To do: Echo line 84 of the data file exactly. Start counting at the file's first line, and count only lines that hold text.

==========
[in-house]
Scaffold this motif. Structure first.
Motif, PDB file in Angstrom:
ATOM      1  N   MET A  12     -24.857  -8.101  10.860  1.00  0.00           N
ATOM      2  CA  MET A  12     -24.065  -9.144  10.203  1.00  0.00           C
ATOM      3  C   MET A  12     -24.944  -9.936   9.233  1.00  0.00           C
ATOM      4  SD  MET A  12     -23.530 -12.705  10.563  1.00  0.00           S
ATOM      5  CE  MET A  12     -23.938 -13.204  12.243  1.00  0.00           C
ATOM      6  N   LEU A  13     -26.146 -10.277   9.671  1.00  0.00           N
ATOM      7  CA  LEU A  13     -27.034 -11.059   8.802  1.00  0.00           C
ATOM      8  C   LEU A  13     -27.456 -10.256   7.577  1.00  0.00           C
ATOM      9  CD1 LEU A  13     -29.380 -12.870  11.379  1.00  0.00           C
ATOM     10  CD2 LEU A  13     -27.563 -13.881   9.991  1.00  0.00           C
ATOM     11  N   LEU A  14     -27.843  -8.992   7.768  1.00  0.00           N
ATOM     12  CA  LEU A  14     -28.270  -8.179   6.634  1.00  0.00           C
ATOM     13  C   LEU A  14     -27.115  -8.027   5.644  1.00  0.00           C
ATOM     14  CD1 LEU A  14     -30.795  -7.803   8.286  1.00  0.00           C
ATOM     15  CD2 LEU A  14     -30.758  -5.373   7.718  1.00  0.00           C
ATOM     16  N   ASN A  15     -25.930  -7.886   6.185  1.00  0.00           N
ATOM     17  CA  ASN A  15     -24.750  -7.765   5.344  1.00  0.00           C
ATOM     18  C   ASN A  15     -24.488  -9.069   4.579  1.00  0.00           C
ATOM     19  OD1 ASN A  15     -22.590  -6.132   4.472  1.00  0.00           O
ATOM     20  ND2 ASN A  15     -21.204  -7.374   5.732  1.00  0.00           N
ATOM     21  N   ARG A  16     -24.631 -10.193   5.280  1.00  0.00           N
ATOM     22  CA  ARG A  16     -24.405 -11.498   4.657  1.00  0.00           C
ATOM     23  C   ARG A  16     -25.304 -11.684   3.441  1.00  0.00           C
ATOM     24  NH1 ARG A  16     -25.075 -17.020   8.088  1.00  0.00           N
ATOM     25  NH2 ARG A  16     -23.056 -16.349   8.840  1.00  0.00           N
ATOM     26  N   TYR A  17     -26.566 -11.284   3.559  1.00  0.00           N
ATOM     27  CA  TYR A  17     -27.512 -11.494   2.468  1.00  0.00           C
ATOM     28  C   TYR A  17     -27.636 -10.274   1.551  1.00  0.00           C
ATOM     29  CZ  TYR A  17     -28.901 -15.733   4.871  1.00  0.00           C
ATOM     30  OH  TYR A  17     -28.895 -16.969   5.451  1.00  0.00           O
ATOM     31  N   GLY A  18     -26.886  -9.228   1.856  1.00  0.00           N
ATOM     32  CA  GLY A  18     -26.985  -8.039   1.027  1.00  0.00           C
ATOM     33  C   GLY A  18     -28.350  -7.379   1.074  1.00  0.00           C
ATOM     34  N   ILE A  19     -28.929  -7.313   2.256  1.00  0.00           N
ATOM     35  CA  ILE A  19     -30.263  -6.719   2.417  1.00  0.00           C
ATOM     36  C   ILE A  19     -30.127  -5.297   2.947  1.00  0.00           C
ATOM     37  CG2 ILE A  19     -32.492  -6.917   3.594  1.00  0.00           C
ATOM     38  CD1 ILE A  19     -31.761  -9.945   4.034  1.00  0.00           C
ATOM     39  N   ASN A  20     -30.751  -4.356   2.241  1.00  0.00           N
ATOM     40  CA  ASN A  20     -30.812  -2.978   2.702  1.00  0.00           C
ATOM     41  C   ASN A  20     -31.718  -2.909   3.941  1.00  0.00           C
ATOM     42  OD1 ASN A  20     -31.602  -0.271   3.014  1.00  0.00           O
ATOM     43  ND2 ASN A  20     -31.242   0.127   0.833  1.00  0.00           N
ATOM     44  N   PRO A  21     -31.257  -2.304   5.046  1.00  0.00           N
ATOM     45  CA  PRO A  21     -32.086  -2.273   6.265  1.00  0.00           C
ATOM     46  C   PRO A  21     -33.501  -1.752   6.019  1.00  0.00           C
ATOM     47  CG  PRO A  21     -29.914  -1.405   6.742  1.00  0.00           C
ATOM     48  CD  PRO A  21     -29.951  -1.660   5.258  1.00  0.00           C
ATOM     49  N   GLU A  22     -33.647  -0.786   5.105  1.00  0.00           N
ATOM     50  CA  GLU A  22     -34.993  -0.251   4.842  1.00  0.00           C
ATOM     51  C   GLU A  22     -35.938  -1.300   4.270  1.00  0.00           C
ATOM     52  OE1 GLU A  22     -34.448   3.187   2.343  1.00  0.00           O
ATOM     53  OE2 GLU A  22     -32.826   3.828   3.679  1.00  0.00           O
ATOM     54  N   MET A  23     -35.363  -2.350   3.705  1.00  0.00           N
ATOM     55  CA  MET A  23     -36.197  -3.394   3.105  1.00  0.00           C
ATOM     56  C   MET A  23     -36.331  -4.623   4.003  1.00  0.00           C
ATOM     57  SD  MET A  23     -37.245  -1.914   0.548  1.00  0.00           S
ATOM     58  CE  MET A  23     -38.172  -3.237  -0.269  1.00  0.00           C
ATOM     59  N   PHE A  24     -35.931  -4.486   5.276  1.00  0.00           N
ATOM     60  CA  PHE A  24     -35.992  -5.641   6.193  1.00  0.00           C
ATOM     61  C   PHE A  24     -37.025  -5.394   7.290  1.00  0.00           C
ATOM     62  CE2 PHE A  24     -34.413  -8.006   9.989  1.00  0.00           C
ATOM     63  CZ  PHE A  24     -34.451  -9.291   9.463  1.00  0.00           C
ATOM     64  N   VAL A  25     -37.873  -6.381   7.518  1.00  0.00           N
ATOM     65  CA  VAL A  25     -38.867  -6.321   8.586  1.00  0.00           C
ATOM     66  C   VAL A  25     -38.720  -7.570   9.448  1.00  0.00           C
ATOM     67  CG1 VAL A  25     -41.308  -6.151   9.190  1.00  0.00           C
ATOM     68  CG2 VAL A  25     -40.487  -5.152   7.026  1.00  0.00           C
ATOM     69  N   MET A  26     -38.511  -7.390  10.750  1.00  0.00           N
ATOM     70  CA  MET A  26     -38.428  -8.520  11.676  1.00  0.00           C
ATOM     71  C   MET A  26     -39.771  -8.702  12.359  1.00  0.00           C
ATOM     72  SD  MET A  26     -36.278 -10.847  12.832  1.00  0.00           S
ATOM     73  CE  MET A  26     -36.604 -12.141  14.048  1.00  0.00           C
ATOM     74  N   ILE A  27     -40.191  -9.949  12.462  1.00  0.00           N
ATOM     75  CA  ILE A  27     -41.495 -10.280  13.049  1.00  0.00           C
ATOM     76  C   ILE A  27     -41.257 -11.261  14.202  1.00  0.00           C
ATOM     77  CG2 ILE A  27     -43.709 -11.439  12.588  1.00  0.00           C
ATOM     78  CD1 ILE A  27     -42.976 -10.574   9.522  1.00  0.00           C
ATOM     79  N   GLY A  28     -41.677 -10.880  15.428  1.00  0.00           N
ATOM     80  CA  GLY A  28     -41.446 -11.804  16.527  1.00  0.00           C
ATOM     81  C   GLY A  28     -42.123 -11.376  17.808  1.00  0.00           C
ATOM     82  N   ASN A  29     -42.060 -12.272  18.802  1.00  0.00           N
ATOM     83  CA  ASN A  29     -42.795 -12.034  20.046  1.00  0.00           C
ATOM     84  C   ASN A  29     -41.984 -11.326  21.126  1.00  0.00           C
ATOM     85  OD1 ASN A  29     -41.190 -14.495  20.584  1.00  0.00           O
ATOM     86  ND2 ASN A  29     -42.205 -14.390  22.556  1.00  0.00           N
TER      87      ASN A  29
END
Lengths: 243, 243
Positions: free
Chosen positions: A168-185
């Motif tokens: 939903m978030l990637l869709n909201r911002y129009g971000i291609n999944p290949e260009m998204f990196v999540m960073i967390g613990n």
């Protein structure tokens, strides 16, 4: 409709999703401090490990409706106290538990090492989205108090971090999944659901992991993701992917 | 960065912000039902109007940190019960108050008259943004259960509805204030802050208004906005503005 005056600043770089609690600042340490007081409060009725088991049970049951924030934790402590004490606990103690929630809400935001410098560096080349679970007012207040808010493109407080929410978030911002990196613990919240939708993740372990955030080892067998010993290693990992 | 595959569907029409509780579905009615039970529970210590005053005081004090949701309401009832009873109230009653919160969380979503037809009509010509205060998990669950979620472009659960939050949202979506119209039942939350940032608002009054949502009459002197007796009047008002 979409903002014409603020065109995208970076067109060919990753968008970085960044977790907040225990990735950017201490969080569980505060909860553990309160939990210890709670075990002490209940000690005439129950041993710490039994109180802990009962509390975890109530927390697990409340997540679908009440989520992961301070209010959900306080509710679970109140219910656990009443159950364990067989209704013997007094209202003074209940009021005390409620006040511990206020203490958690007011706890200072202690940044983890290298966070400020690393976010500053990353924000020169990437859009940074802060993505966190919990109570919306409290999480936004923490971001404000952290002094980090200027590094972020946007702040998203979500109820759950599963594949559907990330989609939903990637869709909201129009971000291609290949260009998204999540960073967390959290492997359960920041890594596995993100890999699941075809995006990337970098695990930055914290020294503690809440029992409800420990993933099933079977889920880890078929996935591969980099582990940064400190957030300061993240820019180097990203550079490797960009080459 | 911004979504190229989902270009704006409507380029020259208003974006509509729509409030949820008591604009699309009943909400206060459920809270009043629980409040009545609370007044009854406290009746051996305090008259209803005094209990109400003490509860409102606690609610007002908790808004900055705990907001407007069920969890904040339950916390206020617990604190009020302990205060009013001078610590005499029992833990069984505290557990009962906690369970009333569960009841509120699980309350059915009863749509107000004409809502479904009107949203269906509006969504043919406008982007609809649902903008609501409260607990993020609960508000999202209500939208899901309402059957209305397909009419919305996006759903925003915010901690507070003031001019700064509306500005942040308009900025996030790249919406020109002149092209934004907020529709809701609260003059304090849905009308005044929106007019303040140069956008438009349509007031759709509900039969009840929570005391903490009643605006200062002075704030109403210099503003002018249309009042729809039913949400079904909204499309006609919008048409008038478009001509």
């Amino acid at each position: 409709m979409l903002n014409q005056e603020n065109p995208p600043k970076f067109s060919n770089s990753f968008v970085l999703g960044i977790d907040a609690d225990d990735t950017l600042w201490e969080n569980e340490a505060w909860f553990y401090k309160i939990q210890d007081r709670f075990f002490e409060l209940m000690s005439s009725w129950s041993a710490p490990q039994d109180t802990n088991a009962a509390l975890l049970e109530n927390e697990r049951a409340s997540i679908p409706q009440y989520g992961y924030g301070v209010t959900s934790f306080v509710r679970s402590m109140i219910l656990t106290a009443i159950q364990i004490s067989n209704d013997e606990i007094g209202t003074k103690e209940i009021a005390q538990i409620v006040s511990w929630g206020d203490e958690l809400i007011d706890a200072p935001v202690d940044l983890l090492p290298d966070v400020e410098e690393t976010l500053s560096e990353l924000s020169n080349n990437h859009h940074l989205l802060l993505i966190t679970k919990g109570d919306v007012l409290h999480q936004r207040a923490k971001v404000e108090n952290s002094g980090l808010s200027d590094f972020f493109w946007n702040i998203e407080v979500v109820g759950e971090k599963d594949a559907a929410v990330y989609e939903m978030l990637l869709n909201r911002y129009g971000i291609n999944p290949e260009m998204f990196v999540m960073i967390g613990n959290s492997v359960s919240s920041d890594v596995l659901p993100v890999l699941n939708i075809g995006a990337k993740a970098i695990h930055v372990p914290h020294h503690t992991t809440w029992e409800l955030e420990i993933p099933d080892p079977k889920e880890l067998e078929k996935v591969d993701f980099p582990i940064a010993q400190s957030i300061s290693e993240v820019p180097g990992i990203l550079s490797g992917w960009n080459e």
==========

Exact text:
ATOM     81  C   GLY A  28     -42.123 -11.376  17.808  1.00  0.00           C